Did I miss a big chunk of yesterday’s TRUSTe news about its initial list of certified Trusted Download firms? When I saw the Mediapost headline, “TRUSTe Gives Nod To WhenU, Snubs Zango,” I got that instant frisson we reporters get when we’re scooped. The organization told me nothing about Zango not making the cut. Had I neglected to ask which firms applied but didn’t make it?
“WhenU made TRUSTe’s cut, as did Vomba Network, but Zango, which recently agreed to pay $3 million to settle FTC charges, was among the adware purveyors that weren’t certified,” noted their story.
Zango Screams “Untrue!” and TRUSTe Won’t Tell
I checked in with Zango and TRUSTe and there appears to be no confirmation that Zango has applied for or completed a Trusted Download evaluation. I just got off the phone with Steve Stratz, director of PR for Zango, who told me Zango did not tell Mediapost they were not denied certification (nor that they’ve applied). The use of the term, “snub” in the headline, he added, “implies that we were rejected…and that is just untrue.” He also said the story’s note that TRUSTe failed to certify Zango, is “totally untrue.”
I spoke to Carolyn Hodge, TRUSTe’s marketing director, earlier today. She was adamant that the organization never shares names of companies that have applied or not been certified. “We don’t comment on companies that are in process or companies that have applied,” stressed Hodge, who told me specifically she has never made a public statement about whether or not Zango applied to the Trusted Download Program. She wouldn’t tell me either on or off the record whether Zango had applied, and because she refused to give me a “yes” or “no” — or even a hint — off the record, I’d be surprised if others got that out of her or other TRUSTe folks interviewed.
Still, there remains the chance that the information was provided to Mediapost by someone at TRUSTe on background or OTR.
Zango’s blog post regarding the whitelist announcement, cited in that other story, is pretty vague, and definitely doesn’t confirm the company has applied for the program: “We are working very hard to certify our products and practices with the TRUSTe program standards. Now that the initial round of certified applications has been announced, stayed tuned for more exciting news on this front.”
When the Trusted Download Program was originally announced, Zango noted on its blog, “we’re already well on our way to being compliant with these new standards. We expect to be fully compliant by the time TRUSTe formally begins to accept applications for certification early next year.”
In November, the company’s blog stated, “we have been in contact with TRUSTe and indicated our strong interest in applying for certification.”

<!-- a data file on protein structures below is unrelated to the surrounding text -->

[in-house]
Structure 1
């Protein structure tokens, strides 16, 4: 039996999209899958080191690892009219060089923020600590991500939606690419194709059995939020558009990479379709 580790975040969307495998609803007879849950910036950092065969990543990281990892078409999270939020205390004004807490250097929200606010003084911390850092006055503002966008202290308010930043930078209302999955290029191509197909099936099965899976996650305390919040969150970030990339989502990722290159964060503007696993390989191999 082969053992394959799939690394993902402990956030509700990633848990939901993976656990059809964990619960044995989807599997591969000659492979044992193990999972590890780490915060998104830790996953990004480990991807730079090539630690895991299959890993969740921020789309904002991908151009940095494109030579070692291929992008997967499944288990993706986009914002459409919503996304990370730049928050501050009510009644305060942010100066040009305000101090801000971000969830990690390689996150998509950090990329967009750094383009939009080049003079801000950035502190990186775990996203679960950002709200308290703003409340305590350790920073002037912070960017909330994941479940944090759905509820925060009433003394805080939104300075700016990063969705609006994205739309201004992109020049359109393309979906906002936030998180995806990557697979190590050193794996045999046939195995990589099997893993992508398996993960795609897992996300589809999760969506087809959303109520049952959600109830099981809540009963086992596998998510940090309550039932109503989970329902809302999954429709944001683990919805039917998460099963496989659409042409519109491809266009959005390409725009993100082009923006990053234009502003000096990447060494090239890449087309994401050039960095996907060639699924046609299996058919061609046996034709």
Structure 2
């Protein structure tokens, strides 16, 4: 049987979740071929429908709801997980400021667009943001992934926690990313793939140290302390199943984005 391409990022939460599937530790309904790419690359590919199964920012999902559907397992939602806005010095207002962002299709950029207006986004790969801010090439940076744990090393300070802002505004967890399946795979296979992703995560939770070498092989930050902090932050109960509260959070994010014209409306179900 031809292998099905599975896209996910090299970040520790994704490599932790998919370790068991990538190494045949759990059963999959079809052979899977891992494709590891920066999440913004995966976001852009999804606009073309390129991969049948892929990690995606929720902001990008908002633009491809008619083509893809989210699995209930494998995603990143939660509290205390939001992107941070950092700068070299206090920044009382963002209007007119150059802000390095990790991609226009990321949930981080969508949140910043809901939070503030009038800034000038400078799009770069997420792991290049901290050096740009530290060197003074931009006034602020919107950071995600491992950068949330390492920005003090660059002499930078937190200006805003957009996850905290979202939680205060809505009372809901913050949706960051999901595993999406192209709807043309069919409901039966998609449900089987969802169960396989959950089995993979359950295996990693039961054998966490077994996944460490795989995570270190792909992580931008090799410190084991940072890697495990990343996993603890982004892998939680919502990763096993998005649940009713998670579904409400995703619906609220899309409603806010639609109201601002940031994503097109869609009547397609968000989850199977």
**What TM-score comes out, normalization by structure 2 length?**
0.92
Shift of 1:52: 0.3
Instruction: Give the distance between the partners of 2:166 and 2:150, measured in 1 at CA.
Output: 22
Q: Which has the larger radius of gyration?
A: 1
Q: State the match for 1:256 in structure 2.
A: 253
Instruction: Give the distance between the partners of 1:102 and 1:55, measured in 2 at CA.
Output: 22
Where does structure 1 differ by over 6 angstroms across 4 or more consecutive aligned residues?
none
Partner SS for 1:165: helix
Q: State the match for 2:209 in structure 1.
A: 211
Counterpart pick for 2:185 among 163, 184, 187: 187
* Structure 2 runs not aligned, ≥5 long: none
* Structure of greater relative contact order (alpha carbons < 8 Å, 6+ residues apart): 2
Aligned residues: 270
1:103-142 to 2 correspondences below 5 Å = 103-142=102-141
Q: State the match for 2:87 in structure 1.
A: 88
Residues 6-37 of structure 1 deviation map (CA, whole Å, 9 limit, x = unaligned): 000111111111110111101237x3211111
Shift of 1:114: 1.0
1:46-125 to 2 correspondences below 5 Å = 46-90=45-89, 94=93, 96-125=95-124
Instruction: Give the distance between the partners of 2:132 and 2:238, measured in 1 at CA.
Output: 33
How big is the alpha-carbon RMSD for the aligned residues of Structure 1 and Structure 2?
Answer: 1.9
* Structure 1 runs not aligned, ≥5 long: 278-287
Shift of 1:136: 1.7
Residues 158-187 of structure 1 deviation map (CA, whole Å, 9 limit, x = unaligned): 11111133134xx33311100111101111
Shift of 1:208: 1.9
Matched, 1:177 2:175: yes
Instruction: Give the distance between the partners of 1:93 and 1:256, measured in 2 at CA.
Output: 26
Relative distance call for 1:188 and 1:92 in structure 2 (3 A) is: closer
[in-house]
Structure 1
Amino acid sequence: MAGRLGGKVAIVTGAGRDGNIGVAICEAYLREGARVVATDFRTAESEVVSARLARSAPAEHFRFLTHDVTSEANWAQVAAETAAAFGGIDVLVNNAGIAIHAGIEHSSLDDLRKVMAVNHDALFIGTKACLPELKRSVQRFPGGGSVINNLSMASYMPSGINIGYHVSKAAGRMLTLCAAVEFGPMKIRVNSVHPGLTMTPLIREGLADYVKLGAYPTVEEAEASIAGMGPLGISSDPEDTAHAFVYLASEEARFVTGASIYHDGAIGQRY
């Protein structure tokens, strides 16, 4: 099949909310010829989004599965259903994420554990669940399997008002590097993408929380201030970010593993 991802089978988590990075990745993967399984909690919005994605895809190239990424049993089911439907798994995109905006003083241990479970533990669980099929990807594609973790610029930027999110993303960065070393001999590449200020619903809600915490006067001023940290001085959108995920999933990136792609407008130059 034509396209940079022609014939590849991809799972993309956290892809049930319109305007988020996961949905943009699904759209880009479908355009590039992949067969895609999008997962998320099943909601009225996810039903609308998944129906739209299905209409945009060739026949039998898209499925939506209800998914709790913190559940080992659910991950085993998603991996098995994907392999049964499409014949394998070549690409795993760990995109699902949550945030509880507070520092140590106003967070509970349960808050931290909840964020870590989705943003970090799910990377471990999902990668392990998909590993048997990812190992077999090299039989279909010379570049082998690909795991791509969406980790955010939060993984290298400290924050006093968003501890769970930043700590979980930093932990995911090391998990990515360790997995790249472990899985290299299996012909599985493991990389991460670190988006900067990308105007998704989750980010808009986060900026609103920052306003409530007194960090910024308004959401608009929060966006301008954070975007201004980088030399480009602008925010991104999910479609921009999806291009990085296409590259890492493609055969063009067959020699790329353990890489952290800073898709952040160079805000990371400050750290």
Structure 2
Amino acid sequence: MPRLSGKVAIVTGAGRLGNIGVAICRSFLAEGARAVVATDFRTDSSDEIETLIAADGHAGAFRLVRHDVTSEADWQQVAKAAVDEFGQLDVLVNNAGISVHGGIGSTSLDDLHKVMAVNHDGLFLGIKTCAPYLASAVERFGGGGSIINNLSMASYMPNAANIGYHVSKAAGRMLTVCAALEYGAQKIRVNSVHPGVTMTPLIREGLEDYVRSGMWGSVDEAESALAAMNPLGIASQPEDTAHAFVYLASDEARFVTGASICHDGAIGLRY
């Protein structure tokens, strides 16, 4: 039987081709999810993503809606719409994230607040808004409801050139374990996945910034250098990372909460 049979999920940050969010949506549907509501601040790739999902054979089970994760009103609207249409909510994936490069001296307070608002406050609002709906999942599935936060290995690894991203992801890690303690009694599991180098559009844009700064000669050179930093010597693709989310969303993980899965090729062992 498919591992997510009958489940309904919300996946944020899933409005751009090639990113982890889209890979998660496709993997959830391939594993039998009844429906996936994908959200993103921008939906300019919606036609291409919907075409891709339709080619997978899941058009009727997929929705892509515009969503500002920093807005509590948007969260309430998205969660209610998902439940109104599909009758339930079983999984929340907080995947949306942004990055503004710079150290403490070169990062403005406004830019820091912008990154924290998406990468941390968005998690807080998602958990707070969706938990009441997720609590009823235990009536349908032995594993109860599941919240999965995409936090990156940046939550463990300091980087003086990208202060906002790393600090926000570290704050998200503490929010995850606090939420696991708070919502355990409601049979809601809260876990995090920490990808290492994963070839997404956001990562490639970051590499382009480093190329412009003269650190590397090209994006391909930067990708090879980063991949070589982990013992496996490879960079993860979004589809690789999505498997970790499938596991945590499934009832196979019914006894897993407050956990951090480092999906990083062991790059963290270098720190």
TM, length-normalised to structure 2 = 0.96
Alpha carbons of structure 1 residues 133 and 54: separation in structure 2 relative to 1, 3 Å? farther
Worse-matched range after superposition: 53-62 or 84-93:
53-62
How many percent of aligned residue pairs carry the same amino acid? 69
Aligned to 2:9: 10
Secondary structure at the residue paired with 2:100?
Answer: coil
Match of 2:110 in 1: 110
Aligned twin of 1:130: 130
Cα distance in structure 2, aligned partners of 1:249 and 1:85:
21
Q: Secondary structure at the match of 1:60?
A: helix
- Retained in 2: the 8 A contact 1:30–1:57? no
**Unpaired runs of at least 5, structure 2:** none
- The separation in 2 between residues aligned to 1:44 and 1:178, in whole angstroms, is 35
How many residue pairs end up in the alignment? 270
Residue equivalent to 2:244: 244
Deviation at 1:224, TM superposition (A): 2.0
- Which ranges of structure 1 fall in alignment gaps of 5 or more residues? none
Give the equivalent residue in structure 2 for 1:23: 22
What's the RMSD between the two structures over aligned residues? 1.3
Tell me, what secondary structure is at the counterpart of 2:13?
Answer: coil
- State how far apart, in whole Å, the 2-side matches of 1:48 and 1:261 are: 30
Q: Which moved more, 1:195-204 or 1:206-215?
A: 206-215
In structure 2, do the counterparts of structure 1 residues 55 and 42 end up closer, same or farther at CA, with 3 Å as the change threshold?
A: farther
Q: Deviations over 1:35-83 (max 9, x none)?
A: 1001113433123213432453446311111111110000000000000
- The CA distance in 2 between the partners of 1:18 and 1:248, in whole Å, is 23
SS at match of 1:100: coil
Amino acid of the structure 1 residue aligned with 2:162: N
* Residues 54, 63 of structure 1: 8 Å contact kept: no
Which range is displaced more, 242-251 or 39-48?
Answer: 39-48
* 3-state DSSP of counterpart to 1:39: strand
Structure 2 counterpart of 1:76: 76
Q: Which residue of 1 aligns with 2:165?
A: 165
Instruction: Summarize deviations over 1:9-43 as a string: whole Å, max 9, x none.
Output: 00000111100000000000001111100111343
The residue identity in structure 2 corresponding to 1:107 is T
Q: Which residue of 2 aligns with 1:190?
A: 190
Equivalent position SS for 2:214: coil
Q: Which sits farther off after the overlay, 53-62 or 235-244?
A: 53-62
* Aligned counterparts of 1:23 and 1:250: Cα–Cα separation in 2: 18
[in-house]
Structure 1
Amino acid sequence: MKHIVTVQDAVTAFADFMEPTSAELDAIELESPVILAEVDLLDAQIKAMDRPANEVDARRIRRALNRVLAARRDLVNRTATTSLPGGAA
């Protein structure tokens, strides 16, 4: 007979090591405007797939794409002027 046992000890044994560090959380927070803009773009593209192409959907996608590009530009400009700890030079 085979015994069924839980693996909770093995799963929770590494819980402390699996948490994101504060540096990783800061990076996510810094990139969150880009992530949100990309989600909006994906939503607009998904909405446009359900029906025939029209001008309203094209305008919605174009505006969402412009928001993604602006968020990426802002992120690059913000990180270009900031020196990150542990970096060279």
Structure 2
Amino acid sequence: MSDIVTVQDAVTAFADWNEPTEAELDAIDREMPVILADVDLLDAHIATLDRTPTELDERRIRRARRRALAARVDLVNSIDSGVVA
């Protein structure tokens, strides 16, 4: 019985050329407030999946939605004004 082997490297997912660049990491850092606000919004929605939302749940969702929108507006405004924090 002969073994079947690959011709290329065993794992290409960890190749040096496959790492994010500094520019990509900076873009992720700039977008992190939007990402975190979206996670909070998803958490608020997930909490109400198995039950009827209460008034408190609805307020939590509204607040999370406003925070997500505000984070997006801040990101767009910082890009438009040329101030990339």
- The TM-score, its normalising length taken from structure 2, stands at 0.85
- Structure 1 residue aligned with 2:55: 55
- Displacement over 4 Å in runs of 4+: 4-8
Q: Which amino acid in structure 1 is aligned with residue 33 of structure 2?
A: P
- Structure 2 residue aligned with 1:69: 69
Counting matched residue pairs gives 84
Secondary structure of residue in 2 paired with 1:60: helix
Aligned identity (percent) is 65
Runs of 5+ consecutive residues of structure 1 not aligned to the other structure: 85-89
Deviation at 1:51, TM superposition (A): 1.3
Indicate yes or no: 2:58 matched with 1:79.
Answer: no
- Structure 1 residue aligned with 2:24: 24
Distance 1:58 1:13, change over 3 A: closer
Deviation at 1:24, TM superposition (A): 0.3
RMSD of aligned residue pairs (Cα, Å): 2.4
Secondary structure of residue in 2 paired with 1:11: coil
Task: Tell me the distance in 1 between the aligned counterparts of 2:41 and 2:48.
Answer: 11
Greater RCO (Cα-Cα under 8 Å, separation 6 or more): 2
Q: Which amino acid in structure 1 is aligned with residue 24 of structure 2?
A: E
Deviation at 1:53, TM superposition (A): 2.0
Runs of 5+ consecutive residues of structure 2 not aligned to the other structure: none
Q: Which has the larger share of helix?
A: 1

Indeed, when I spoke with the TRUSTe folks yesterday, they told me most companies interested in obtaining certification have been making requisite changes to their technologies before submitting what can be a pretty pricey application (see details in today’s ClickZ story).
What it comes down to is if it can’t be confirmed that a company has applied or that its evaluation process is complete, zinging it with a headline like that is inappropriate. Considering my history with that other pub, and the fact that I like the people there, I don’t want it to sound like I’m nitpicking or just trying to make the competition look bad, but since I also reported this story (and somehow used the same term, “nod,” in my headline), I felt compelled to clear up why that information was not reported in the ClickZ story.
Also, I don’t want it to seem as though I’m trying to prop up Zango, because I’m not.
One Other Clarification, This Time on WhenU
To be fair, and since we’re on the topic, I made an incorrect statement in my story. I noted that, “WhenU’s name was tarnished when courts in the early part of the decade ruled for and against the company for distributing software that confused users as to the source of its pop-ups.” It turns out the original ruling against WhenU I referred to (for 1-800 Contacts, Inc.), was overturned and dismissed on appeal.
While ad fraud has become part of every marketer’s vocabulary, attribution fraud—the practice of gaming outdated attribution models to justify self-serving means—has ... read more
On Monday, Netflix reported that it added 370,000 new subscribers in the U.S. in the third quarter, 20% more than the 300,000 it ... read more
Snapchat Discover has been a hit with publishers that want access to the popular messaging app’s highly-desirable audience, and some reports even ... read more
Little more than a year ago, Facebook CEO Mark Zuckerberg streamed the first live video from Facebook headquarters. In April of this ... read more